Playing the Victim
As time goes on, we continually question ourselves and try to figure out how to build the life we imagined. There comes a point where things pile up and get overwhelming- then, you are left with the choice of either taking action to make a change or staying in the hypothetical, wondering if the grass is truly greener.
A common snippet of a conversation I think everyone has heard and participated in:
"Work and life has just been so crazy, I just can't do anything else right now. But I don't have a choice!"
At my age and in my generation in particular, I frequently hear about how people are miserable in their first and/or second jobs, complaints about a troubled relationship, or how life is just so damn hard. Yet about 90% of the time, no one actually does anything about it to change their situations for the better.
We love to play the victim.
Because there's a secret sense of relief and freedom in believing that what happened to us was out of our control. We'd never admit it but in reality, we handcuff ourselves- with our responsibilities, with our pride. So when something is asked of us, we dramatically shake our shackles at them saying "I can't!" (Insert dramatic wail for effect)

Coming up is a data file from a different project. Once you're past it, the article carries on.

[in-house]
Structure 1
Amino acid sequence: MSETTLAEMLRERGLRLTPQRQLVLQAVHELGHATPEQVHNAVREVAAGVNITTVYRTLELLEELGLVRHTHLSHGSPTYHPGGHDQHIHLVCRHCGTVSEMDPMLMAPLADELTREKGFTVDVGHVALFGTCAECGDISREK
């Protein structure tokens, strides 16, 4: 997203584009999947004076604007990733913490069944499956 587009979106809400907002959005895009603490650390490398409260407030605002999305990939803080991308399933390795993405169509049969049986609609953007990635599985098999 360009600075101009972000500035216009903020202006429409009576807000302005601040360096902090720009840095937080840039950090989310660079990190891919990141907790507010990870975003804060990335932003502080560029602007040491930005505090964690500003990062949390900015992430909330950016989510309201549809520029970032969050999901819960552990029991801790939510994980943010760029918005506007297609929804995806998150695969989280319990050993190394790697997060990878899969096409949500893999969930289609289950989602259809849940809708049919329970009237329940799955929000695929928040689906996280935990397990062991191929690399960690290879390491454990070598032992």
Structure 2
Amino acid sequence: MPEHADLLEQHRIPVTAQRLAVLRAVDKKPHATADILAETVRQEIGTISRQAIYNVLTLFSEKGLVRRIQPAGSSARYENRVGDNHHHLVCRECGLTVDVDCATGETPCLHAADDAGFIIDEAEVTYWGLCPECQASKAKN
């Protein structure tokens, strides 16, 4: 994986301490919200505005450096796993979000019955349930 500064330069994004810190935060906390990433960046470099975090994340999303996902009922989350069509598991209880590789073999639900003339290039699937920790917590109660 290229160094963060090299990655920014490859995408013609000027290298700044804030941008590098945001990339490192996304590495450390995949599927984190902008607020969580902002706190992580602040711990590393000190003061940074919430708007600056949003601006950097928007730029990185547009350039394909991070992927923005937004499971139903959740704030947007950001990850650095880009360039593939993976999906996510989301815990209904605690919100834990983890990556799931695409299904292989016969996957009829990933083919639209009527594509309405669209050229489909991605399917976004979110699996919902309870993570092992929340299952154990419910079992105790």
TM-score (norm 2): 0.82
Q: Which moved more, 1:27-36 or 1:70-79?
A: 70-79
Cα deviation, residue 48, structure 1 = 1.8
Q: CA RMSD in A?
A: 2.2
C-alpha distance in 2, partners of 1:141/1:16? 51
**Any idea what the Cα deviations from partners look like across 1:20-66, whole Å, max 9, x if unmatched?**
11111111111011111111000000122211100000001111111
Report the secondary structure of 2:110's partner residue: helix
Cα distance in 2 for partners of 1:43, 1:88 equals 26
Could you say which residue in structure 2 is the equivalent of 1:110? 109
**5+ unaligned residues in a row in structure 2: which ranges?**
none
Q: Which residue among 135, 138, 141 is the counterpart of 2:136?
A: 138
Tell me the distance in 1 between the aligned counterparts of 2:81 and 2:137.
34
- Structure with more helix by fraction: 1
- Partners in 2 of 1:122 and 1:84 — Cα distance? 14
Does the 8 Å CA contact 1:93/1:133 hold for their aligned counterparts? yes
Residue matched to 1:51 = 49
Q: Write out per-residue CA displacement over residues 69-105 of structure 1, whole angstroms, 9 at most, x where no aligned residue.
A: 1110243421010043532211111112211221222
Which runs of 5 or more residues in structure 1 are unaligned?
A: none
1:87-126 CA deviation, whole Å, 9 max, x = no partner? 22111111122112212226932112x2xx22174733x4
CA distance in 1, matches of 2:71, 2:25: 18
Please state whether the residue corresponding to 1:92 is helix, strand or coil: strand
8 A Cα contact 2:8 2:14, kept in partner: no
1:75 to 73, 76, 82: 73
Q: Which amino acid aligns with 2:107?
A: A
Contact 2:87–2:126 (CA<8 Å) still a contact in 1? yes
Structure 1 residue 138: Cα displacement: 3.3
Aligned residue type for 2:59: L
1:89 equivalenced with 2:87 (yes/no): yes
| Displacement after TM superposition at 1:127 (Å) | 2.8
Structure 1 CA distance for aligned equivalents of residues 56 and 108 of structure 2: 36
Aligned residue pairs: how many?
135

Go ahead, ask a New Yorker in particular how they're doing. One of the first things they say is "I'm so busy!" It's like a gold star that we proudly wear on our chest. If you're busy, that means you're doing something important, right?
The phrases "I can't" and "I don't have a choice," are an easy cop-out.
Sure, it's a scary thing to take ownership, because then that means it's all on you if something falls to pieces. And of course, people have their burdens and commitments that can pose as legitimate obstacles- finances, family, relationships.
But that doesn't mean you don't have a choice to at least try to make things better. You can't always control certain situations that happen to you, but you do control how you react to and deal with them.
Life is difficult, and it can feel enormously overwhelming at times. But remembering that it's yours and that you are in the driver's seat makes it more liberating and empowering to take control of the wheel. No one can make you a victim except yourself. The key to your handcuffs is action, and taking action gives you your freedom.